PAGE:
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Patrick Hawes (b1958)

Fair Albion

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Label: Signum Classics
Recording details: June 2009
Air Studios, United Kingdom
Produced by Alexander Van Ingen
Engineered by Nick Taylor & Tom Bullen
Release date: November 2009
Total duration: 60 minutes 22 seconds

In recent years, Patrick Hawes has emerged as one of the country’s most popular and inspirational composers. Born in Lincolnhire, he studied music as an organ scholar at Durham University, and soon went on to make an impact in the world of choral music. April 2009 saw the release of Patrick’s latest album Song of Songs which was made an album of the week on Classic FM.


'Patrick Hawes has carved out a niche as a contemporary composer who writes melodic, atmospheric and, frankly, beautiful music' (Gramophone)

'Hawes’s admirers will find much here to confirm their warm response to his music’s quiet strength and individuality. A minor problem is the collection of so many short items which, heard through on a single album, can’t help sounding more similar than they are. Among the best are The Call—a setting of George Herbert for soprano and string quartet, cannily conjuring the sound of an Elizabethan viol consort—and the atmospheric After the Rain for string quartet and piano. The excellent performances feature the tawny loveliness of Julian Lloyd Webber’s cello-playing, plus two fine solo singers' (Classic FM Magazine)
The inspiration for my music stems from three essential areas—my Creator, my loved ones, and my country. Being English opens the door to a wonderfully rich heritage, a fascinating history, beautiful architecture and stunning landscapes and seascapes. Furthermore, I am instilled with a sense of pride and patriotism which resonates from our forefathers and their efforts to defend our island and the precepts which have made it ‘great’. It is difficult to analyse those features which have given rise to Englishness in the styles of our great composers—Purcell, Walton, Elgar and Vaughan Williams for instance. It certainly has something to do with a sense of majesty and a striving for things spiritual and noble. Our open and honest countryside provides a pastoral inspiration and, just as important, our parish churches stand tall and proud in every village in the land. They have been and still long to be the life-blood of our communities and are perhaps underestimated in the influence they have worked on the English spirit.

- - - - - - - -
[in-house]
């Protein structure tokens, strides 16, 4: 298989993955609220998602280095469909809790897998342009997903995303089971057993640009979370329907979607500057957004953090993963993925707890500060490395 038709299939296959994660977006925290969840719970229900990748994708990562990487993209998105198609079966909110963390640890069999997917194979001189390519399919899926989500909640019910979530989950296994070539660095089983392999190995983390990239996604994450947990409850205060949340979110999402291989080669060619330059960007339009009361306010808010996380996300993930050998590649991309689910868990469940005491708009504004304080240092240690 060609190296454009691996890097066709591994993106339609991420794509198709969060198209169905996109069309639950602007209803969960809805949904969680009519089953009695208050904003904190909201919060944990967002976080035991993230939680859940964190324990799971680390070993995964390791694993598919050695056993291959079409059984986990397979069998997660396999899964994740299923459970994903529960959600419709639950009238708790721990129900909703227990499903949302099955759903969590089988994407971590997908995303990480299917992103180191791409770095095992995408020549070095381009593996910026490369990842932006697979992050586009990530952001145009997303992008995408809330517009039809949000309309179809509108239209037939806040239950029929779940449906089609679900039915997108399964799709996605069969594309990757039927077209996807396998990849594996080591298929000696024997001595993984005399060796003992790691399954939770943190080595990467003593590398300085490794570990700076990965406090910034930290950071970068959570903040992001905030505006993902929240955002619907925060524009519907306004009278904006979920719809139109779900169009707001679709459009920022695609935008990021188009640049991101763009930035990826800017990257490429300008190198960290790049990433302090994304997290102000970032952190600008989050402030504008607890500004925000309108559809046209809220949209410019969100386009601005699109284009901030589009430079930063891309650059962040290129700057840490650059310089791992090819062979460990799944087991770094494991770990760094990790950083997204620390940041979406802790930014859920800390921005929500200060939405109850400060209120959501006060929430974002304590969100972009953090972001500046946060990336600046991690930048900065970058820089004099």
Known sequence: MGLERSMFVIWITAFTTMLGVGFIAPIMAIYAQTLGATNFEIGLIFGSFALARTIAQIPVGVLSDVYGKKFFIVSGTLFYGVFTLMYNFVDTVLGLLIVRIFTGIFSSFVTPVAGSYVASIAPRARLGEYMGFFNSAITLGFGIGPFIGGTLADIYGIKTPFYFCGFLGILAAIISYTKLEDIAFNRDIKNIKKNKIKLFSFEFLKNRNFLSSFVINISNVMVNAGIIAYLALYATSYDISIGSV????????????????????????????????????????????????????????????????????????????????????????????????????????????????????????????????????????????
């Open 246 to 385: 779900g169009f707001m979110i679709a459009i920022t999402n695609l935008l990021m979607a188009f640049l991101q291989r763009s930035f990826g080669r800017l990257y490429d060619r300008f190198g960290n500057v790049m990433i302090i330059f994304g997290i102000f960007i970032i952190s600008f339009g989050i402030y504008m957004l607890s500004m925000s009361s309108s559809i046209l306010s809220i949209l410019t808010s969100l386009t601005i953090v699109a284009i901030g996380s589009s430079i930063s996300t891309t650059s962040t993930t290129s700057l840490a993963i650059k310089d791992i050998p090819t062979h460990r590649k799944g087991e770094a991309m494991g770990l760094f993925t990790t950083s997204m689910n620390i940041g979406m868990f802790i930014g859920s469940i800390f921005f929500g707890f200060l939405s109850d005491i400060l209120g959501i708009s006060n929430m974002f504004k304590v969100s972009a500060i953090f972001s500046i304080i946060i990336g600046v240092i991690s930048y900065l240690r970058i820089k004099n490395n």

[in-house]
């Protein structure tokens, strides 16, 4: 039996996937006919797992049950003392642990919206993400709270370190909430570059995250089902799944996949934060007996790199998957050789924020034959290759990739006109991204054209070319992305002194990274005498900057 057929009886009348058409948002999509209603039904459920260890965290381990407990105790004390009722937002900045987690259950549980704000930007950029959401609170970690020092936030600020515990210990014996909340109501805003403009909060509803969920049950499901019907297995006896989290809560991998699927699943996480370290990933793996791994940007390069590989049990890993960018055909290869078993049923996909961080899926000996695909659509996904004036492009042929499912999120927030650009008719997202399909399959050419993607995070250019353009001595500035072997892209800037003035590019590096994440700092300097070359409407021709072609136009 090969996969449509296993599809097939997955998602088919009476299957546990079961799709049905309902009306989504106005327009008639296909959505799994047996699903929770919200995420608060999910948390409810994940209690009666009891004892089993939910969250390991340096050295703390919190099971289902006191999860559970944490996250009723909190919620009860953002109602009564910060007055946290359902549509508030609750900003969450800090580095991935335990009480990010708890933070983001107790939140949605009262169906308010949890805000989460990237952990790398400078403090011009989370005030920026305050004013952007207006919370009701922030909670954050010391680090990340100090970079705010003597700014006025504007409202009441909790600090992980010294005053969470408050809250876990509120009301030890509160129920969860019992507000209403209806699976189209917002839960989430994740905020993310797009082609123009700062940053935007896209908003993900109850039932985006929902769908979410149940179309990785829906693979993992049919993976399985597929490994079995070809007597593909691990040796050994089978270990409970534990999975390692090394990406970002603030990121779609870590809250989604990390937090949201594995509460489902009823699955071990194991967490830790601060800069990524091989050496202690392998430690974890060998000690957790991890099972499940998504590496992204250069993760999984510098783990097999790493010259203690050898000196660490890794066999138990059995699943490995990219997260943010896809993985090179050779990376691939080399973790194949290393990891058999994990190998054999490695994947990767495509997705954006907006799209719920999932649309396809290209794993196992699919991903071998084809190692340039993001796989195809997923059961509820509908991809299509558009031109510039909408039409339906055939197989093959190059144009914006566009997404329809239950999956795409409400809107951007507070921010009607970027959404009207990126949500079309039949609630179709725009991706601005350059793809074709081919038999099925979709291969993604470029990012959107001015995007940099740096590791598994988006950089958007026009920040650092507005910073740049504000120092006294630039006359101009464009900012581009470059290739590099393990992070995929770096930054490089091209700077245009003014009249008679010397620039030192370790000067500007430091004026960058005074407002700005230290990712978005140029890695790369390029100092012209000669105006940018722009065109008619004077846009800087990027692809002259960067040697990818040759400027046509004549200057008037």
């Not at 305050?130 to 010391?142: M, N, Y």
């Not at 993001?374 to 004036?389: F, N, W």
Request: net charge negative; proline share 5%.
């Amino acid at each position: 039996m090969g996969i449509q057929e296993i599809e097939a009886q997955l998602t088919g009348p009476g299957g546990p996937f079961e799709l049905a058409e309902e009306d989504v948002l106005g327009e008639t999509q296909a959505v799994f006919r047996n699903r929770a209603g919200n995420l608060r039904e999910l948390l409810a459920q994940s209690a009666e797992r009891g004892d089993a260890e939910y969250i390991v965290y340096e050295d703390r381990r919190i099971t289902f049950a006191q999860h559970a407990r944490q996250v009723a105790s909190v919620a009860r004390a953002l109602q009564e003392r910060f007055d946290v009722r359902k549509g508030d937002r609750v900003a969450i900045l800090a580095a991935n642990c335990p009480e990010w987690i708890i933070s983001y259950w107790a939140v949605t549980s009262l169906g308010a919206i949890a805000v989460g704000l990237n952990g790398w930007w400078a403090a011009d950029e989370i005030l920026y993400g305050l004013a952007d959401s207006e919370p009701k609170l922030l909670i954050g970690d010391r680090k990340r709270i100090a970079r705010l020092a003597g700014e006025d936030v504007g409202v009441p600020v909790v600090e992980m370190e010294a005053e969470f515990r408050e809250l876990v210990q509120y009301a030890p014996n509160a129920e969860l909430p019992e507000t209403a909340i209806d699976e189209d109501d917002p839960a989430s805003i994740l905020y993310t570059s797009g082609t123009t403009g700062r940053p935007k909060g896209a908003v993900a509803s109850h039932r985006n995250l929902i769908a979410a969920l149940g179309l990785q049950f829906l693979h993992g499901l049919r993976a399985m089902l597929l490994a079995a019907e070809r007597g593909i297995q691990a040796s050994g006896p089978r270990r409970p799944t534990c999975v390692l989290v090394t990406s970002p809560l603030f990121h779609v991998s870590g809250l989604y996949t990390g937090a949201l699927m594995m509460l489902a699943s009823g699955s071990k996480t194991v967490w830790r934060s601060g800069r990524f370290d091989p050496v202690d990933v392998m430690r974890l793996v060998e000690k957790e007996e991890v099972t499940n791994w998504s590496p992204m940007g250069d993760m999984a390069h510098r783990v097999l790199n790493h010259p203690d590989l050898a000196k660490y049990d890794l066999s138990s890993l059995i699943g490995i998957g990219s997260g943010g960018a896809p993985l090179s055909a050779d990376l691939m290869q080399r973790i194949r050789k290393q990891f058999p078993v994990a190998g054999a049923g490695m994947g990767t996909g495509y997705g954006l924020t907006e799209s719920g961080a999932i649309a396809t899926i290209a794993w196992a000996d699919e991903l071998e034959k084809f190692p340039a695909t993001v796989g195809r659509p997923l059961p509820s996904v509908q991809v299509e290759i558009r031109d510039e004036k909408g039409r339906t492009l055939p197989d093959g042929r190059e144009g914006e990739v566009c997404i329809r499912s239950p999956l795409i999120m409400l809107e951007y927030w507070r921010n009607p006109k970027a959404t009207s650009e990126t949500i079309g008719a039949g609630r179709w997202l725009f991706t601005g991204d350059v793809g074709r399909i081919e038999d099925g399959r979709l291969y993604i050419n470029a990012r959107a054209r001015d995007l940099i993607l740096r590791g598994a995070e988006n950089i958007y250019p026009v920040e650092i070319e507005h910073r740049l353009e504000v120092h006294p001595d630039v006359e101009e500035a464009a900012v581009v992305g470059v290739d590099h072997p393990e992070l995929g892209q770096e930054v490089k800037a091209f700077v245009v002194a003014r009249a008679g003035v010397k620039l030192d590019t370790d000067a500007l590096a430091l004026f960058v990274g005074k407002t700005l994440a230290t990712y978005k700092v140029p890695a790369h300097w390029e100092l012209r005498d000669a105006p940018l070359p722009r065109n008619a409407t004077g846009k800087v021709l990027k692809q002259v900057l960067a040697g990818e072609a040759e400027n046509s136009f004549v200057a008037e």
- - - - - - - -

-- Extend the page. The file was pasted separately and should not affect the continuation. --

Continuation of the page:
The pieces on this album are all visions of England in that they either aim to portray a certain building or scene, or else they speak of a more general reverence for the country and its heritage. I have chosen words from some of our great poets who captured, in their individual ways, important cameos of the England in which they lived. George Herbert spent most of his life as the rector of a small parish church near Salisbury and wrote poetry which aches with Christian desire. The call is a petition for the Way, the Truth and the Life to permeate his and our lives. I believe this poem must reflect the sentiments of countless parish priests who have served their communities in the Anglican Church and speak of those eternal virtues which have motivated English people in challenging times. Reflexionem was originally a choral work, the Latin words of which translate as ‘truth reflects beauty; beauty reflects truth’. In its instrumental form the piece serves as a meditation on Herbert’s words. The gentleness and simplicity of the text seem perfectly mirrored in the soft timbre of the harp and the high cello writing. Continuing the parish church theme, Ascension was written in celebration of Ascension Day and was born out of the image of the flag of St. George flying high above churches across the land. It aims not only to express the joy of The Ascension but also a feeling of being directed skywards on a bright, sunlit day.